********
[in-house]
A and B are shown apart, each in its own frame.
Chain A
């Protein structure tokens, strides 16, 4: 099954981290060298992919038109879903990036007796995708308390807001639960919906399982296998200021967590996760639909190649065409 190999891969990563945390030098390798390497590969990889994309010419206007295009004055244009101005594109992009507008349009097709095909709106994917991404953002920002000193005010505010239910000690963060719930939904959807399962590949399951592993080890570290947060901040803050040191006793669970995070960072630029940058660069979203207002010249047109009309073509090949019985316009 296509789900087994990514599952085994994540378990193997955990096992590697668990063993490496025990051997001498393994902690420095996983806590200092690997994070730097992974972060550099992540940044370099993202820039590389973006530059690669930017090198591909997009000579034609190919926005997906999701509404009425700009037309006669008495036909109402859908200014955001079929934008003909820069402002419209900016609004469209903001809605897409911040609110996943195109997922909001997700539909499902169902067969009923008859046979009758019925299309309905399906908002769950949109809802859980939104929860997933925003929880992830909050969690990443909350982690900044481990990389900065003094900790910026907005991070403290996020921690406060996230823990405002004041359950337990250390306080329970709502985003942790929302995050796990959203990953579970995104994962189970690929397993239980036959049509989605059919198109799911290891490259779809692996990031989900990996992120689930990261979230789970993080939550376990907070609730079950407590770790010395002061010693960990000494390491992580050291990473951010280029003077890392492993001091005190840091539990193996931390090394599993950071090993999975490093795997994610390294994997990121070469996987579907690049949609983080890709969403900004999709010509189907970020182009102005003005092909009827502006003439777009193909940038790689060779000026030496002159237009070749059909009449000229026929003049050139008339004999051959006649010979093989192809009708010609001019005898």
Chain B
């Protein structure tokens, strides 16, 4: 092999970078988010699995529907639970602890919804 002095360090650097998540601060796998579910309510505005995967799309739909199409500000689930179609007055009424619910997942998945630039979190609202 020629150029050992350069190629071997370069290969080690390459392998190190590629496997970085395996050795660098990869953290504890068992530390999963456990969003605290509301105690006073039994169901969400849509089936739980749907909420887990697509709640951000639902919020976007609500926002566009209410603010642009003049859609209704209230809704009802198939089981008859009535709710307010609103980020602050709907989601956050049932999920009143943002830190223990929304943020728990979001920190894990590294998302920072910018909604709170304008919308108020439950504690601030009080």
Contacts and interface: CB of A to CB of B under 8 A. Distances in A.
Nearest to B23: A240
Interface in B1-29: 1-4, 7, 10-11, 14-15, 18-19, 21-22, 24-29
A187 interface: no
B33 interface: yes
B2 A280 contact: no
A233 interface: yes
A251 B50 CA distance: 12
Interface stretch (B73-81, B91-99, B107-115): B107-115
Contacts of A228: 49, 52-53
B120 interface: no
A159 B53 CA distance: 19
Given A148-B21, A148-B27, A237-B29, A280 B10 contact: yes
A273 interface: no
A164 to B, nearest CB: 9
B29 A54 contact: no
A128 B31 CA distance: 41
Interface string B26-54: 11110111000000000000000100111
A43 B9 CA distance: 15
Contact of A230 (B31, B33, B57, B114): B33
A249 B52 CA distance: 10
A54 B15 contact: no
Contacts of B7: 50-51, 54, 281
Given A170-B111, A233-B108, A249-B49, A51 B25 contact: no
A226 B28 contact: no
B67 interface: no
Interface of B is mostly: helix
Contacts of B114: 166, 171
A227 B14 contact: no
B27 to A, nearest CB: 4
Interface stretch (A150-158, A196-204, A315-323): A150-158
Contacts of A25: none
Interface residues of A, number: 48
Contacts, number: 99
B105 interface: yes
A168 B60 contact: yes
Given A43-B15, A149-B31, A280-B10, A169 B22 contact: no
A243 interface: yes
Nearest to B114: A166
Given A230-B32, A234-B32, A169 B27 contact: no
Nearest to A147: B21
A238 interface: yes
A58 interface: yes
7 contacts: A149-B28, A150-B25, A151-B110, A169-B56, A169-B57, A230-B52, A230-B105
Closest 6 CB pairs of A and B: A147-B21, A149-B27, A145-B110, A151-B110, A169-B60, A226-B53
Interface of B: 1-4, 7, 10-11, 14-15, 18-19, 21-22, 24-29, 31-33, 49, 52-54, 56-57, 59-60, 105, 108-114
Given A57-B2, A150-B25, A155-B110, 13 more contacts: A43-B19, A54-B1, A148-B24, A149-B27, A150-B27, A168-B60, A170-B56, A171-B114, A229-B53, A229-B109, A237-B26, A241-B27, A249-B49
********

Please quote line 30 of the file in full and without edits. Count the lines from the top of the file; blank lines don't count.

Given A170-B111, A233-B108, A249-B49, A51 B25 contact: no